Bell only occasionally seems to have Kerr’s trust. Jones has played six total minutes during the playoffs, including the game that he started. Looney averaged only 18.5 minutes per game during the regular season and is just over 20 during the playoffs, but that number spiked to 27.6 per game during the Portland series, where he acquitted himself quite nicely. He figures to get the bulk of the minutes at that spot, but Kerr might decide to keep bringing him off the bench.
Assuming Andre Iguodala is over the issue that kept him out of Game 4 of the Conference Finals, he is presumably going to resume his place in the starting lineup, and that raises the question of what will happen with Cousins if he and Durant both return to the floor. Coming off his injury, he is unlikely to be moving any better laterally than he did during the regular season, and he was often a defensive liability during his time on the floor this year. His best role will almost surely be as a second-unit fulcrum alongside Klay Thompson, but he might balk at coming off the bench. Will the Warriors elect to start him and give him big minutes, or will they lean on the lineups that have been the foundation of their previous title runs?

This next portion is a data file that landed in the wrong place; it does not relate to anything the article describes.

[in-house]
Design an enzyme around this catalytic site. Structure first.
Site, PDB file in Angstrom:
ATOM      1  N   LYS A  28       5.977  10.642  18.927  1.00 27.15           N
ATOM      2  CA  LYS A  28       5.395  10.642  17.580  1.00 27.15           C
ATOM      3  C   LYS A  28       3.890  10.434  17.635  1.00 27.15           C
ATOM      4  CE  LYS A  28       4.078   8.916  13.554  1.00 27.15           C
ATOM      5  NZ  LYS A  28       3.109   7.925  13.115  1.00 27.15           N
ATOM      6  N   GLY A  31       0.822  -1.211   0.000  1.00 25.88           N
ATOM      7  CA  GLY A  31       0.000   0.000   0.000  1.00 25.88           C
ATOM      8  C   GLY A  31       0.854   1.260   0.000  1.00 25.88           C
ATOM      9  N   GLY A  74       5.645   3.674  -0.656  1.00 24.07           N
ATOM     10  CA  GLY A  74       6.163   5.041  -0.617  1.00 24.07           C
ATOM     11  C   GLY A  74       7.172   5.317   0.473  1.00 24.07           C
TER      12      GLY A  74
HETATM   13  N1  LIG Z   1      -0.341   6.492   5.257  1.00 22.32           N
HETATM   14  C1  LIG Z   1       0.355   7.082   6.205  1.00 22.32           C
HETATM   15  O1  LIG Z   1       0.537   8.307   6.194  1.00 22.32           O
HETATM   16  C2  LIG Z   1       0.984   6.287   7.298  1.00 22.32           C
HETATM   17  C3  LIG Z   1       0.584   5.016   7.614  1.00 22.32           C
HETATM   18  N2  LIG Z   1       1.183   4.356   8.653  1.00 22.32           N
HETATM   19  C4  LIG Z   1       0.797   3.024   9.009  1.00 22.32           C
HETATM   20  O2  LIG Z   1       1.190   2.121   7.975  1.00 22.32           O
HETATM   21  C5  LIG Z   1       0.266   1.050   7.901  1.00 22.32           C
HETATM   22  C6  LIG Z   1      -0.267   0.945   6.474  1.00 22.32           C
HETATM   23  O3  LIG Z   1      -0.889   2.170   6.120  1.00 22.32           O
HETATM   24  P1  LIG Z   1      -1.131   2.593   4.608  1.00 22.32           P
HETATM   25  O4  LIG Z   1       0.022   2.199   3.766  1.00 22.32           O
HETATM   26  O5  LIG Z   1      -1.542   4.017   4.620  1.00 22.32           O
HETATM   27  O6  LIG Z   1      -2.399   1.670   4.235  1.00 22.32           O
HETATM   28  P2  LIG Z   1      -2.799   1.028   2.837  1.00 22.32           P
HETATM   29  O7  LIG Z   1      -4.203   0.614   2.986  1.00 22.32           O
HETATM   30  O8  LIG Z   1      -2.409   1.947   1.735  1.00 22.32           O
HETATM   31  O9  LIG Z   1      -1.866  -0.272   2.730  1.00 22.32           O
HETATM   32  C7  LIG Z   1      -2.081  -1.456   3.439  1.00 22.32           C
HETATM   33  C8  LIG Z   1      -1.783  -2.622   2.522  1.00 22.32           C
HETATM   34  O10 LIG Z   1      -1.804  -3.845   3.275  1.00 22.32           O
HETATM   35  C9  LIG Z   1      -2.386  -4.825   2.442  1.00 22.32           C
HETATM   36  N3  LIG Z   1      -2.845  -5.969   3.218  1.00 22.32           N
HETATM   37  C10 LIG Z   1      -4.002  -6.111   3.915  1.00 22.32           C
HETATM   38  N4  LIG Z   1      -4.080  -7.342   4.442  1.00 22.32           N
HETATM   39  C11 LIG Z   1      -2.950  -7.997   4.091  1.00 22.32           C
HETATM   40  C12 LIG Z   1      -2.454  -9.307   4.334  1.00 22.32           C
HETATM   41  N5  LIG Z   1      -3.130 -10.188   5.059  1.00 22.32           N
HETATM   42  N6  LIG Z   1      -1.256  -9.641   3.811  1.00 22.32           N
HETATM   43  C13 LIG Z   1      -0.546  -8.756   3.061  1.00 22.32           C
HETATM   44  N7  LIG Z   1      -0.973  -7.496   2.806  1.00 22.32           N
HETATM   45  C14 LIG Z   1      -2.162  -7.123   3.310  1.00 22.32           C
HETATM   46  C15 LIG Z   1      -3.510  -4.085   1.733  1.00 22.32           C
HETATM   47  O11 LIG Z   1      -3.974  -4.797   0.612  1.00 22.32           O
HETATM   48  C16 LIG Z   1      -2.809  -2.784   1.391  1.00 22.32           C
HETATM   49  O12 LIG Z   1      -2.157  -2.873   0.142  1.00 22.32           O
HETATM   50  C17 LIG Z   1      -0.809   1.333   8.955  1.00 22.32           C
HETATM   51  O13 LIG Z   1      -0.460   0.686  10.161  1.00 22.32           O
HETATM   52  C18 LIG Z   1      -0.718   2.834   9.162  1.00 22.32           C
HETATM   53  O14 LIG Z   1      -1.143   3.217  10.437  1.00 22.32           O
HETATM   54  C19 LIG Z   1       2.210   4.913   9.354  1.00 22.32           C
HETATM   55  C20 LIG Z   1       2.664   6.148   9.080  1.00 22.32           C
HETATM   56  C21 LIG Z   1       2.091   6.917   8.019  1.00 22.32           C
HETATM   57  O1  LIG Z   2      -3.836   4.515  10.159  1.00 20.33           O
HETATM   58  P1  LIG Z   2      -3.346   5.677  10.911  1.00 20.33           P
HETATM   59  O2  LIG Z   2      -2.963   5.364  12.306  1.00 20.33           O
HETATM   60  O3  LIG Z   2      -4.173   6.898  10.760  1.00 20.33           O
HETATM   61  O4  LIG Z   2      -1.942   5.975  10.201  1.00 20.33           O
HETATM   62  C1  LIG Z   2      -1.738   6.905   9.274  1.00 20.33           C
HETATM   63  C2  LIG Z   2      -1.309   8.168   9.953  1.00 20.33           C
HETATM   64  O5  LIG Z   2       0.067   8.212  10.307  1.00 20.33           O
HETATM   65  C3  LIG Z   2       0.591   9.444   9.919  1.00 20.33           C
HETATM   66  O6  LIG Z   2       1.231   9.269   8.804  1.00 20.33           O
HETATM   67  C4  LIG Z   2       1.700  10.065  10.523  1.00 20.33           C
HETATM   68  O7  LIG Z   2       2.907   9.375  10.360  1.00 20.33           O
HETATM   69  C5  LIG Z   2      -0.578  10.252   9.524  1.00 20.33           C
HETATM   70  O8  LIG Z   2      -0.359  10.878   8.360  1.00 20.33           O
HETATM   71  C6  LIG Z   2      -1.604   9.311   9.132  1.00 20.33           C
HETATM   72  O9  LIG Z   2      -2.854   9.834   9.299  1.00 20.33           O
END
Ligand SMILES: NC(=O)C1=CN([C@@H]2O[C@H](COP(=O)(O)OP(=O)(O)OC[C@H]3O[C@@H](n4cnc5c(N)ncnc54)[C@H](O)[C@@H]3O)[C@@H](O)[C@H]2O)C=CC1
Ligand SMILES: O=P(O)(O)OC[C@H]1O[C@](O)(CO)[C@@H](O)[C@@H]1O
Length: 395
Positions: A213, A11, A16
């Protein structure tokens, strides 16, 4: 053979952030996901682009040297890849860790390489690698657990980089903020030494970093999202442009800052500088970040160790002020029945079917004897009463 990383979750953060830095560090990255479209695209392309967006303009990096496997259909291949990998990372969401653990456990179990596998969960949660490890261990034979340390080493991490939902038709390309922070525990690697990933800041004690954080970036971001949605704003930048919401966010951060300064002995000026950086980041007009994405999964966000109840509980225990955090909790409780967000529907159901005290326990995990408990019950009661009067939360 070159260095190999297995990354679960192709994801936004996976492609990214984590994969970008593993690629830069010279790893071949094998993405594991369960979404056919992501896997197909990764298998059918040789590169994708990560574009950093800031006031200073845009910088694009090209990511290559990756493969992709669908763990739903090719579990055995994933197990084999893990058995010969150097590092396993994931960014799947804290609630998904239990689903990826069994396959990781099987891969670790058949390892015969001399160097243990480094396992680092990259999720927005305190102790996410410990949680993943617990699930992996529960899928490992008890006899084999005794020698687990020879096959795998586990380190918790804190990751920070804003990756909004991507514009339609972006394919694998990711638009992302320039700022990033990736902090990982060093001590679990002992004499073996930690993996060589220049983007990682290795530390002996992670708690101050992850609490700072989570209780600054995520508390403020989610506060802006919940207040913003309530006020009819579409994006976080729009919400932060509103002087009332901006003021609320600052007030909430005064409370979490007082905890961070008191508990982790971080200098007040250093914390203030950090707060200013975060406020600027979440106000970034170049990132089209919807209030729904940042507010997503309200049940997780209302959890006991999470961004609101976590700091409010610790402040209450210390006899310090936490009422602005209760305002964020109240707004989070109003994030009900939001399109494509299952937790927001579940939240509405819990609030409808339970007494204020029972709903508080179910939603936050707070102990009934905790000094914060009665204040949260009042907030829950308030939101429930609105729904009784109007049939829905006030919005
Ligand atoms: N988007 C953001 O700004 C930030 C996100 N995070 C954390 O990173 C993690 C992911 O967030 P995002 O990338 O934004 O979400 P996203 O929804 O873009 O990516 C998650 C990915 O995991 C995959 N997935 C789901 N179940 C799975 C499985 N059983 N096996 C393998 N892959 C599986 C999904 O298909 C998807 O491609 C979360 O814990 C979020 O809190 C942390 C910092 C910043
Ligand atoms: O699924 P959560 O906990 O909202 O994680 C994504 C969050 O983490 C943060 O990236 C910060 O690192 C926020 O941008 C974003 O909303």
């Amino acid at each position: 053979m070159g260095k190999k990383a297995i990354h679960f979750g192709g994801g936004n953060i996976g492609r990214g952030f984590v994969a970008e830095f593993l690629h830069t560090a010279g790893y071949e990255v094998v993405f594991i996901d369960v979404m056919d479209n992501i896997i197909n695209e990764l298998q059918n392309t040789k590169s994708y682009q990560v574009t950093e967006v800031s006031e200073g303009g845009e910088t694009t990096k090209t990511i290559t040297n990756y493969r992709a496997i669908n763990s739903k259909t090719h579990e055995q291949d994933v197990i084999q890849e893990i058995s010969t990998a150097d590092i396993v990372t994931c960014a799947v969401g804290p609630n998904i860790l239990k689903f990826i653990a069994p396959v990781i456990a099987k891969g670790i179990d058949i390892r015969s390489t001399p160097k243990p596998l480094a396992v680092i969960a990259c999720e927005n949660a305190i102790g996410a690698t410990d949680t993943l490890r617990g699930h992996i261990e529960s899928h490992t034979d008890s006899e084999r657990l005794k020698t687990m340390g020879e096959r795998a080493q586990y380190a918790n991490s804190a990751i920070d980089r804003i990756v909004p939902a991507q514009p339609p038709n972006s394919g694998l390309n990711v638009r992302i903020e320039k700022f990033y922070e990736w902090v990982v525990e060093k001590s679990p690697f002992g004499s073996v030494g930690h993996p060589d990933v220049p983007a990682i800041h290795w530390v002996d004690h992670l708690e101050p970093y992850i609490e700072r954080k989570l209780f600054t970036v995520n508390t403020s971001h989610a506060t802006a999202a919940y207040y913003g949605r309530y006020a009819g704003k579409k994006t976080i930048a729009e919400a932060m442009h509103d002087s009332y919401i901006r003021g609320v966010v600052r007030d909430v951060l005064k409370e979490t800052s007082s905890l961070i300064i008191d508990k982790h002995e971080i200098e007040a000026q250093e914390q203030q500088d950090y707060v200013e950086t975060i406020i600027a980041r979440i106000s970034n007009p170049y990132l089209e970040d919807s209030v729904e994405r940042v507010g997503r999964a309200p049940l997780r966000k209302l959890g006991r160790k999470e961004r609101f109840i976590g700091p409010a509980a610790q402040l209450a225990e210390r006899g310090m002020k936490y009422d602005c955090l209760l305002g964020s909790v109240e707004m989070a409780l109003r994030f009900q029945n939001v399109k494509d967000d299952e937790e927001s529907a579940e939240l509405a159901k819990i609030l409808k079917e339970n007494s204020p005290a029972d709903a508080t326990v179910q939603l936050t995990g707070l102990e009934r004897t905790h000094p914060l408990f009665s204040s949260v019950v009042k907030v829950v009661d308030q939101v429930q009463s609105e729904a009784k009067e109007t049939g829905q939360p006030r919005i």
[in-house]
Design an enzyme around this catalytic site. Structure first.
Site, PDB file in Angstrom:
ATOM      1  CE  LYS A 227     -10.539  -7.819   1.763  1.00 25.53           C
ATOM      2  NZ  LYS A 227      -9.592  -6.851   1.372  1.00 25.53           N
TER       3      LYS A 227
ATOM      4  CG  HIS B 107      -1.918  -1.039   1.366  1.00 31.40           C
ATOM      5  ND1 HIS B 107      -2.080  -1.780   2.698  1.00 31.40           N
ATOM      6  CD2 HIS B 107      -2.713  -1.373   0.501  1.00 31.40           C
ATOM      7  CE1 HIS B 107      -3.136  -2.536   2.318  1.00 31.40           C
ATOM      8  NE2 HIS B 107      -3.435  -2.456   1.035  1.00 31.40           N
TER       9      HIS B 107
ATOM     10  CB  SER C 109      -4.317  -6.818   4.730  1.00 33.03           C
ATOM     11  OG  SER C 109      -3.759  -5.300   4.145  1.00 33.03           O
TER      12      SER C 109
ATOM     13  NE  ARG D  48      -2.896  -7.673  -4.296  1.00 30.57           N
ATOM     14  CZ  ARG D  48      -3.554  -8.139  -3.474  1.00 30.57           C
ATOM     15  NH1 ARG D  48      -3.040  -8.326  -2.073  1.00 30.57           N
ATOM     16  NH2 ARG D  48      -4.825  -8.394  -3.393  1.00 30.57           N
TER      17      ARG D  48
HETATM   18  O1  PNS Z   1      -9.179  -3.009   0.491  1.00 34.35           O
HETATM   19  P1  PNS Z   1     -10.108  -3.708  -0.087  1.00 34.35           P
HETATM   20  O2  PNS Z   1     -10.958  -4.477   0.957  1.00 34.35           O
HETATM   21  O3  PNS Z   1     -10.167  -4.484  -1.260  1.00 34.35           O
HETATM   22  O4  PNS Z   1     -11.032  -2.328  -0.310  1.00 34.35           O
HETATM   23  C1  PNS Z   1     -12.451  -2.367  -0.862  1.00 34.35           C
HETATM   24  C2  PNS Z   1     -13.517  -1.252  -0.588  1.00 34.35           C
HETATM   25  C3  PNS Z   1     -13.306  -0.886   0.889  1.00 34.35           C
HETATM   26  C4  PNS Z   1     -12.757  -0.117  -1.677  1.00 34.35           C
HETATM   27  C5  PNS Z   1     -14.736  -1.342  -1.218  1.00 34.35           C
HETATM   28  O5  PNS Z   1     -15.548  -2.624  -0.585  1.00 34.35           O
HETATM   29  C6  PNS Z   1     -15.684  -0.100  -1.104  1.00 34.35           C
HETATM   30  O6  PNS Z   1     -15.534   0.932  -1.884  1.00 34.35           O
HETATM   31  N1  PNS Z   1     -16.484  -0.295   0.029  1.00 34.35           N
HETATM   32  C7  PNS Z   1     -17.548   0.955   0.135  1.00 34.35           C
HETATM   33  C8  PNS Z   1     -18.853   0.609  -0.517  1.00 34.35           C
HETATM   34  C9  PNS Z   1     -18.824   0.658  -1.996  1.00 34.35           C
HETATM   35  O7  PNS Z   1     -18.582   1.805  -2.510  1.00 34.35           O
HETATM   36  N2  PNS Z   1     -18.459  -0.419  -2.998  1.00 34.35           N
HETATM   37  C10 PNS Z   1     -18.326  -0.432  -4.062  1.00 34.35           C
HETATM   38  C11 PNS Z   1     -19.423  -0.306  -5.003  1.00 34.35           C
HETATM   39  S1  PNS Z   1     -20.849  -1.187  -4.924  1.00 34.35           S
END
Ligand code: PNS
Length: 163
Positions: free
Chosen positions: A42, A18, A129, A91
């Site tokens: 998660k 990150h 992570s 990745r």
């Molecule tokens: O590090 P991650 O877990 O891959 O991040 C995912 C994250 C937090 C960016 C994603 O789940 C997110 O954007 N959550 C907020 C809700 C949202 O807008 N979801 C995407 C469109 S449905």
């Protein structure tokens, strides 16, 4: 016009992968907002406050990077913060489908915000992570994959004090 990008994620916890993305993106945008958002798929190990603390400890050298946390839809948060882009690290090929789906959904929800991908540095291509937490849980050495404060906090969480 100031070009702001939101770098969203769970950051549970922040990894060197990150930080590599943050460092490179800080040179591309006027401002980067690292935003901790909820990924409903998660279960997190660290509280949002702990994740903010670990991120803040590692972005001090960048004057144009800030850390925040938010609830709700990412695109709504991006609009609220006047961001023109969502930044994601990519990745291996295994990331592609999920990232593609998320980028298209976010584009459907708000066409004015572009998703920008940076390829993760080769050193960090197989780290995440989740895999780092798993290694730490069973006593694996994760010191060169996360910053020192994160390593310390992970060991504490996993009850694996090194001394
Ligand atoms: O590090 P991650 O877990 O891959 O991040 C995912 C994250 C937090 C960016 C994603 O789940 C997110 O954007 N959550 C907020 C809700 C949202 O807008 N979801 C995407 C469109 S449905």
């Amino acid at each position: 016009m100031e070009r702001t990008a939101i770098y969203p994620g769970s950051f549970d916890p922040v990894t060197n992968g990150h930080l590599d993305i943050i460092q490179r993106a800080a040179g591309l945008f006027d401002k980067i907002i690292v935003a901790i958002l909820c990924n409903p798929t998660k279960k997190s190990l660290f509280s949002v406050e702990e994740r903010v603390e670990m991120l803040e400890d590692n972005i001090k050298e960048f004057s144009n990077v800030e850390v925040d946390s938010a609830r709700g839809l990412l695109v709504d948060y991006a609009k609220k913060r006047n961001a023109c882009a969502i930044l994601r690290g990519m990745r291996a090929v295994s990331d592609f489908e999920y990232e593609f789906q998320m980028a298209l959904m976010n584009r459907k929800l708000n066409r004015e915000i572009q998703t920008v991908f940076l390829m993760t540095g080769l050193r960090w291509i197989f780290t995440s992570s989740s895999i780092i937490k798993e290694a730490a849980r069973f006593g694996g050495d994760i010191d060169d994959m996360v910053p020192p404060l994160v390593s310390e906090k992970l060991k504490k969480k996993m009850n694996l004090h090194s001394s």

Who does Kawhi Leonard defend while Durant is out?
If Durant’s playing, Leonard is almost surely going to guard him. If he’s not, though, there are a bunch of different ways the Raptors could choose to deploy him.
- Kawhi on Stephen Curry: While this would be tremendously fascinating, it also seems wildly unlikely. Leonard has spent a grand total of 76 possessions guarding Curry in the past five seasons, according to Second Spectrum, and did not guard him for a single possession when the teams played this year. (Those possessions worked out fantastically for the Spurs: Curry’s usage rate was just 21.4 percent and the Warriors had an offensive rating of just 102.6 on those possessions.) Given the offensive burden Leonard is likely to shoulder during this series, it doesn’t make much sense to ask him to also defend Curry — especially when the Raptors have other capable options.
- Kawhi on Klay Thompson: For similar reasons, it’s also unlikely that Leonard guards Thompson. Having to chase him through the wave of screens the Warriors set for him is too taxing for a player who will already have to do so much.